London-Gatwick rebounds to profit after $1bn losses following the COVID pandemic

London-Gatwick Airport (LGW) is celebrating a return to profit in 2022 after experiencing significant financial losses as a result of the COVID pandemic.

On March 16, 2023, the UK’s second largest airport released its financial results for 2022 showing revenue over $935 million.

The figures represent a return to a profit of $237.75 million in 2022, after $1bn losses from 2020 and 2021.

Revenues were driven by a strong and steady recovery in passenger numbers throughout 2022 with demand at 70.4% of pre-pandemic levels, equating to 32.8 million passengers passing through the airport in the year ending December 31, 2022.

This includes aeronautical income ($489m), retail income ($192m) and car parking income ($123m).

Despite the encouraging figures bosses at Gatwick are keeping their feet on the ground, especially with current economic uncertainty and inflationary pressures.

“While we still have some way to go to reach a full recovery, we know long-term sustainable investment is critical to the future of our airport and provides a significant boost to the regional and national economy,” said CEO, Stewart Wingate.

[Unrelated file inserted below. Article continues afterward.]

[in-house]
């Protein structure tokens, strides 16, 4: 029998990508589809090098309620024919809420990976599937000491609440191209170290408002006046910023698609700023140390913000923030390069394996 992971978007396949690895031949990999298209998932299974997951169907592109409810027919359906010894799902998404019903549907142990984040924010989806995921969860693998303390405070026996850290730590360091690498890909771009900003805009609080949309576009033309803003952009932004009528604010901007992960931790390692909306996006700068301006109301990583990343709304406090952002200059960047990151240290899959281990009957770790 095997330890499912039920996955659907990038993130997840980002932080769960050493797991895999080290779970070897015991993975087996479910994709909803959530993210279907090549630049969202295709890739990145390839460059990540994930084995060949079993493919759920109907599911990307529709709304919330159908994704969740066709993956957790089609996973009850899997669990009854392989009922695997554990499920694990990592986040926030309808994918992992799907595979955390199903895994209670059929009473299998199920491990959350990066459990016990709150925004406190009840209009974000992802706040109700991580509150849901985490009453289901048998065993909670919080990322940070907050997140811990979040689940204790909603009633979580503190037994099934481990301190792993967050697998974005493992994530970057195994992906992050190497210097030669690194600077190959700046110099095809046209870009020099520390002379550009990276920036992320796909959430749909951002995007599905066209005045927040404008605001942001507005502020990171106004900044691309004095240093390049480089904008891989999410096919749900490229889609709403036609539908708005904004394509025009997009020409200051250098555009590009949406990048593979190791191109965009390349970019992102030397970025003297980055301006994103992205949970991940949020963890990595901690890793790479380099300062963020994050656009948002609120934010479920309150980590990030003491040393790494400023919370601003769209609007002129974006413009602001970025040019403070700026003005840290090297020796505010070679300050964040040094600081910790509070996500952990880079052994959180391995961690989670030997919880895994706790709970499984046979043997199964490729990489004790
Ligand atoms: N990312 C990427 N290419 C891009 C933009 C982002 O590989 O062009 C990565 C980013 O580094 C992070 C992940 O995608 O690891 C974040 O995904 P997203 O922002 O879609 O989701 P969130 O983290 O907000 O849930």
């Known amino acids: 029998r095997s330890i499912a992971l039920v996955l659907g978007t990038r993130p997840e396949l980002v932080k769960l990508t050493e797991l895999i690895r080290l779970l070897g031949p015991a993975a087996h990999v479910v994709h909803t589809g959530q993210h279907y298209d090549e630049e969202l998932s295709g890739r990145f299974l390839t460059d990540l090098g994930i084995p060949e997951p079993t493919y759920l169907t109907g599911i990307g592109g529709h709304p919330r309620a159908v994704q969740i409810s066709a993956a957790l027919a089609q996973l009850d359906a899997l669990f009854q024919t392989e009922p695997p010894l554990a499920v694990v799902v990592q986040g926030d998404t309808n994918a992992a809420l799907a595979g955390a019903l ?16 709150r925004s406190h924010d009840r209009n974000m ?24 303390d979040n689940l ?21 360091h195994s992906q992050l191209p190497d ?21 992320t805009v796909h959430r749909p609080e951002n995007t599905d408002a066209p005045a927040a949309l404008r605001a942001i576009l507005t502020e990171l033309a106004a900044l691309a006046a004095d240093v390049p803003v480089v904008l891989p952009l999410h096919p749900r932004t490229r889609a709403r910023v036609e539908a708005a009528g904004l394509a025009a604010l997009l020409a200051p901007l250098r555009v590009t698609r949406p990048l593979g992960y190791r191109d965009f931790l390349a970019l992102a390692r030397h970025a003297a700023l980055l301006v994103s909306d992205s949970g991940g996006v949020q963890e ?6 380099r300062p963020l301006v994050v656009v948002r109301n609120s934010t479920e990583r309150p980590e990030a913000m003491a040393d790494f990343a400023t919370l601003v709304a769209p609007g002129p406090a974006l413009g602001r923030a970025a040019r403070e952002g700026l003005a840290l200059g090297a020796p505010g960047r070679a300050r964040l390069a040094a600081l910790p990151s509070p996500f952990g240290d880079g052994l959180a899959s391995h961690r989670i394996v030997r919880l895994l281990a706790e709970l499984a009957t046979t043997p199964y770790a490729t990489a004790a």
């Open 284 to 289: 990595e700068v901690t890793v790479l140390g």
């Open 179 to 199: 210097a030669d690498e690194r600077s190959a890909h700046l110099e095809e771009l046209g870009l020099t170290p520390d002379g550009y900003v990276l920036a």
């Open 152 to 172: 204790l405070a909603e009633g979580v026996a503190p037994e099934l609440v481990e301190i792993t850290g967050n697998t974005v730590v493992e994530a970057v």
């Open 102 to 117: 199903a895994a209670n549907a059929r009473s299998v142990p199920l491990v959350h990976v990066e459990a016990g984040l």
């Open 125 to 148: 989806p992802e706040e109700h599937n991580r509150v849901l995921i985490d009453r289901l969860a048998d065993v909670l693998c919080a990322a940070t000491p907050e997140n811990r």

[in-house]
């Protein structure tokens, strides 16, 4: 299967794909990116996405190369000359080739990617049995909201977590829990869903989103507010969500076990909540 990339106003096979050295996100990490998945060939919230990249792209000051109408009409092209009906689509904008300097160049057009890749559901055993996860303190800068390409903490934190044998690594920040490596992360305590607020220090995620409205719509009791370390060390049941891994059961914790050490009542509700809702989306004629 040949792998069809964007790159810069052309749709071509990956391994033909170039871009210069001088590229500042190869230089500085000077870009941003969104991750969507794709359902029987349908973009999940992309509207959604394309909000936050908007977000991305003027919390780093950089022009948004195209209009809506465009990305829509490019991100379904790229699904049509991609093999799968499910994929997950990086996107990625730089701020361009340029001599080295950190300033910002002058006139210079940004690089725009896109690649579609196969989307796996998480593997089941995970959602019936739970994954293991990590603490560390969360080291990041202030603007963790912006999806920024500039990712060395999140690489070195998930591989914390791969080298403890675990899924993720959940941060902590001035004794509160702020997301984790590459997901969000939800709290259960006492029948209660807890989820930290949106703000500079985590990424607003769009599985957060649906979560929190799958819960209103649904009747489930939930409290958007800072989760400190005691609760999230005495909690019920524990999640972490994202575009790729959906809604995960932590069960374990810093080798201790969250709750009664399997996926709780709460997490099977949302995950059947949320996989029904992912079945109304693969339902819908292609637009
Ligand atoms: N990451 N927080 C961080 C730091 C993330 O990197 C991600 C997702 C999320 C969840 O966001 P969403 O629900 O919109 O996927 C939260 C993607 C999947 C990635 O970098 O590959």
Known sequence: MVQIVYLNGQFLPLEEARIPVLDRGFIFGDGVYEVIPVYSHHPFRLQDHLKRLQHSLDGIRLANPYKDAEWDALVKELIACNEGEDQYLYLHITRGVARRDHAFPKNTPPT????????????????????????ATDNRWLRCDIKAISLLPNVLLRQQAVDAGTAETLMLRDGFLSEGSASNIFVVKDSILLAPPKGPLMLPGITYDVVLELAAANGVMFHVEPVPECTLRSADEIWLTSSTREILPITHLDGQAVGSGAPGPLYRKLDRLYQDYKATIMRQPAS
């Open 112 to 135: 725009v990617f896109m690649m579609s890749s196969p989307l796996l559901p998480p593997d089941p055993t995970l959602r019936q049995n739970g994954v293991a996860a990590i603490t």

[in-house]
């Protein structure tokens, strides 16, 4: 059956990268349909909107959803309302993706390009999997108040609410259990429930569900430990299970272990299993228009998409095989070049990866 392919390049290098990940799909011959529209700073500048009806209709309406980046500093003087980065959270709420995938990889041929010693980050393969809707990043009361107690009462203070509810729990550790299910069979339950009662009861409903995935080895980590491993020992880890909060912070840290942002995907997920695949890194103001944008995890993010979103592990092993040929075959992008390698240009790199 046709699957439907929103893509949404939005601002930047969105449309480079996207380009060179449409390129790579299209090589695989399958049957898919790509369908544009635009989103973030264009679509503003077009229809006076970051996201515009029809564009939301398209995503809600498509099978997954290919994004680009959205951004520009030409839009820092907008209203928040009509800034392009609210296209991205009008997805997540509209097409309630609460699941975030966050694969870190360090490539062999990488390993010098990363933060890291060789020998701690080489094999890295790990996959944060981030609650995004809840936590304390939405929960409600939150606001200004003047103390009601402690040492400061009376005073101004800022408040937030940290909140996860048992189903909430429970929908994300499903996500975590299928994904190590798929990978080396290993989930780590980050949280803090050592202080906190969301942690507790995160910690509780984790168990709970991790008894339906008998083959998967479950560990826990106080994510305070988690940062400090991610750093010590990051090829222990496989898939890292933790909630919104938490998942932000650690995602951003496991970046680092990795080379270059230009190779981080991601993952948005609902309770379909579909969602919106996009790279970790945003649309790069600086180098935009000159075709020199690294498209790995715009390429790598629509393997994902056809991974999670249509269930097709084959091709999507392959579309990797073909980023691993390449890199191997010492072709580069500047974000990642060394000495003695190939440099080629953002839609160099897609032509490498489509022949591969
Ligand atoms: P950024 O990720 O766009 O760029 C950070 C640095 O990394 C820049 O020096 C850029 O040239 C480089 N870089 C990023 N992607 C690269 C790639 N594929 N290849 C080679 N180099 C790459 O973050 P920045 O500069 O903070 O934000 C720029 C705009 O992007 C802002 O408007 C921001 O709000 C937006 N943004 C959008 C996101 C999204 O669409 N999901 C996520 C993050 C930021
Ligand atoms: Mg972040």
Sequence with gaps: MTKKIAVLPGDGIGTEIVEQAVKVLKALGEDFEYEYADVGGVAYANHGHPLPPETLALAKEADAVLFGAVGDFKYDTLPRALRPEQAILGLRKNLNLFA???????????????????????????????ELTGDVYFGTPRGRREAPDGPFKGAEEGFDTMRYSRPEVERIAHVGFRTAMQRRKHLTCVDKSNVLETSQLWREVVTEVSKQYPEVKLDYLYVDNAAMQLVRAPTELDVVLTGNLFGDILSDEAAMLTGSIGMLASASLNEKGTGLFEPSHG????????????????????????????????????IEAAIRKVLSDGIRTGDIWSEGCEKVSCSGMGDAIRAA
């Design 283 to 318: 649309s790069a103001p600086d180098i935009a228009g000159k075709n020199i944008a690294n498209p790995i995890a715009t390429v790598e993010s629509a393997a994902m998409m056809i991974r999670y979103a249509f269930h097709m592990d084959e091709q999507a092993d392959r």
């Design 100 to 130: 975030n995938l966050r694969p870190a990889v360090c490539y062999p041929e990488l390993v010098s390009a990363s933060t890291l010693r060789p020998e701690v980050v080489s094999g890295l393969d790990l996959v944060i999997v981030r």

Gatwick places some of its success in 2022 down to the airport’s response to a surge in demand leading up to the summer when it took decisive action to ensure passenger disruption was minimal.

London Gatwick’s short-haul network was also the first to show strong recovery in 2022 and now serves 156 destinations, with easyJet flying 72% of those routes.

Short-haul is at 92% of flights flown pre-pandemic, while long-haul connectivity is taking longer to recover but has bounced back robustly in recent months, and now boasts 47 long haul routes – 76% of the number flown pre-pandemic.

The airport’s main runway was also resurfaced in half the time and for half the cost of traditional methods by resurfacing only the most ‘trafficked’ parts of its main runway.

Looking at the year ahead Air India will start flying to four new destinations from March 26 and Delta Air Lines returns to Gatwick with the airport’s fourth daily flight to New York from April 10.

From this summer Jet Blue, British Airways and Norse Atlantic Airways will also be operating new long-haul routes to North America and the Caribbean.

“The decisive actions we took early last year allowed us to offer good levels of service to passengers who travelled through Gatwick. This year we will have even more choice of airlines and destinations for travellers, whether flying for business or leisure,” Wingate added.

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